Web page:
Cortisol is key hormone in many different physiological processes, including glucose homeostasis, lipolysis and regulation of mood. It is under the control of adrenocorticotropin hormone, commonly known as ACTH, which is released from the anterior pituitary. Together with the hypothalmic hormone known as corticotrophin releasing hormone (CRH), they form the hypothalamic-pituitary-adrenal (HPA) axis.
This article will consider the regulation, function and clinical relevance of ACTH, cortisol and the HPA axis.
Regulation of the HPA Axis
A variety of signals, such as stress in a fear-inducing situation, infection or blood loss, can stimulate the hypothalamus to secrete corticotropin releasing hormone (CRH). This acts on corticotropes (specialised cells in) the anterior pituitary, which in response secrete ACTH, also known as corticotropin.
ACTH is produced in pituitary cells by cleaving prepropriomelanocortin to propriomelanocrotin (POMC), and then to ACTH. In this process, melanocyte stimulating hormone (MSH), endorphins (endogenous opioids) and enkephalins (peptides that regulate pain sensation) are also produced.
ACTH travels in the blood and binds to the melanocortin 2 receptor (MC2r) on cells in the adrenal cortex. It stimulates the synthesis and release of glucocorticoids (steroid hormones) such as cortisol and adrenal androgens from the zona fasciculata and zona reticularis in the outer part of the adrenal cortex.
HPA Axis Functions
Actions of Cortisol
Cortisol exerts its effect on many tissues including the liver, fat, muscle, bone, skin and others. A summary of the effects of cortisol is listed below:
- Cortisol increases plasma glucose levels by breaking down proteins to amino acids to be taken to the liver, as well as by stimulating gluconeogenesis in the liver
- Stimulate lipolysis in adipose tissue
- Protein and fat metabolism
- Bone metabolism – acts on trabecular bone to limit osteoblast activity to make new bone
- Regulate calcium absorption from the gastrointestinal tract
- Regulate behaviour, mood and cognition through activity on the CNS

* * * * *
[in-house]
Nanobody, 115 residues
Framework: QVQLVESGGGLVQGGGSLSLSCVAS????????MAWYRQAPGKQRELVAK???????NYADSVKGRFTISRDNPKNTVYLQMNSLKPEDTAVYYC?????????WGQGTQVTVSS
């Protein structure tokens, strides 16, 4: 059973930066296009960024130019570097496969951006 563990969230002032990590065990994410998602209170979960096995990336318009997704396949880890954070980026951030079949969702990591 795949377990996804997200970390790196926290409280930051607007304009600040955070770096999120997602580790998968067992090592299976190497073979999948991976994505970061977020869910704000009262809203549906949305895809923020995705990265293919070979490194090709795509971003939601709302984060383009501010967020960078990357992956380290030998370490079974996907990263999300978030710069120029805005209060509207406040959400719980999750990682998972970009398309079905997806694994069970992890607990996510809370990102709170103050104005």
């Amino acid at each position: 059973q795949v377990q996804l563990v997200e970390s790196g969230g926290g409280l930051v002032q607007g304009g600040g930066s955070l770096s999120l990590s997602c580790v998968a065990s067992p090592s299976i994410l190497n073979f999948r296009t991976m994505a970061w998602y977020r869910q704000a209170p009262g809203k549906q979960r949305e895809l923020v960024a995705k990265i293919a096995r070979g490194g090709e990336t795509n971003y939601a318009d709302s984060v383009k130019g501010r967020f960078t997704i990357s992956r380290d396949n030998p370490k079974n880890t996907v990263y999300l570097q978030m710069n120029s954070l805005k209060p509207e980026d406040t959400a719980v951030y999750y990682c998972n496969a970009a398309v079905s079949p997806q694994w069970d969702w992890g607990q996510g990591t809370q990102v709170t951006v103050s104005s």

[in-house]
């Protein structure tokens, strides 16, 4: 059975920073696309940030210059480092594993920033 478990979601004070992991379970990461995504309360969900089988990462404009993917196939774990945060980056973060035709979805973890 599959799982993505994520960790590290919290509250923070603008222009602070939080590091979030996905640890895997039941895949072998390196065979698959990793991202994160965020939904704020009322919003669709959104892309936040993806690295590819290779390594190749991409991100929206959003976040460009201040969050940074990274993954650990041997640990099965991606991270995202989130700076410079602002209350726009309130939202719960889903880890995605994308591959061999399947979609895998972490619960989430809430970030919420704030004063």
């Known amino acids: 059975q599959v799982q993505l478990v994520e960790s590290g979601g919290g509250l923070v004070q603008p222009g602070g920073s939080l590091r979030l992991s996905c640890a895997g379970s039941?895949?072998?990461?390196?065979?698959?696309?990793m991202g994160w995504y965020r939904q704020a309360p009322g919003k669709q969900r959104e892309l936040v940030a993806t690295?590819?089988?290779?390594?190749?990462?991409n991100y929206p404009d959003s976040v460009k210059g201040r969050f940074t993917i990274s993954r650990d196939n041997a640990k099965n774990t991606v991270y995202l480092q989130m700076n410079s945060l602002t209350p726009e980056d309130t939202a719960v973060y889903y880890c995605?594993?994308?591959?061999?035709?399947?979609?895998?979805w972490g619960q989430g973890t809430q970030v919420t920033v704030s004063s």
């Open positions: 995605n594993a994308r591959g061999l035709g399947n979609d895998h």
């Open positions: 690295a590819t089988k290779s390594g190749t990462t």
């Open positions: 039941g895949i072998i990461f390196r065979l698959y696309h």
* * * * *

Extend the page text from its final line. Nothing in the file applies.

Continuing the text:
Cortisol Mechanism of Action
Interestingly, cortisol is hydrophilic enough to travel in plasma, but lipophilic enough to be able to cross the phospholipid plasma membranes of target tissues.
It binds intracellularly to the glucocorticoid receptor (GR) in the cytoplasm, which is a nuclear hormone receptor, causing it to dimerise with another GR.
Without cortisol, the GR is bound to a chaperone and unable to translocate (enter) into the nucleus. When cortisol binds to the GR, the chaperone dissociates, allowing the cortisol-GR complex to move into the nucleus. Here, it associates with glucocorticoid-response elements (GREs) of genes to increase or decrease gene expression.
Negative Feedback of Cortisol
Cortisol has a negative feedback effect by:
- Inhibiting the production of CRH in the hypothalamus
- Reducing the sensitivity of the anterior pituitary to CRH, which reduces ACTH release
Clinical Relevance – Addison’s Disease
This is an autoimmune disease whereby the immune system targets the adrenal glands, resulting in reduced cortisol and aldosterone production. Aldosterone is a mineralocorticoid which regulates sodium and potassium levels in the blood, thereby regulating intravascular volume. It accounts for 80% of cases of hypoadrenalism in the UK.
Patients present with various symptoms, including tiredness, weakness, nausea and vomiting. Patients also show postural hypotension, which is caused by mineralocorticoid deficiency.
Classically, they demonstrate hyperpigmentation, or ‘bronzing’ in the palmar creases of the hands and flexor surfaces of joints and on the face.
The reason for this is to do with the lack of negative feedback from cortisol to the hypothalamus and pituitary, and the structure of ACTH and its precursors. Firstly, low cortisol stimulates increased ACTH production. Secondly, ACTH and its precursors contain melanocyte stimulating hormone (MSH)-like peptide sequences, which can mimic MSH and cause hyperpigmentation.
You can test how well the adrenal gland is functioning in terms of cortisol secretion by administering synthetic ACTH. This is commonly referred to as the short synACTHen test. Serum cortisol levels are measured at baseline, after 30 minutes and after 60 minutes. A normal response would be a significant rise in cortisol levels.
A lack of cortisol rise indicates an adrenal disease such as Addison’s.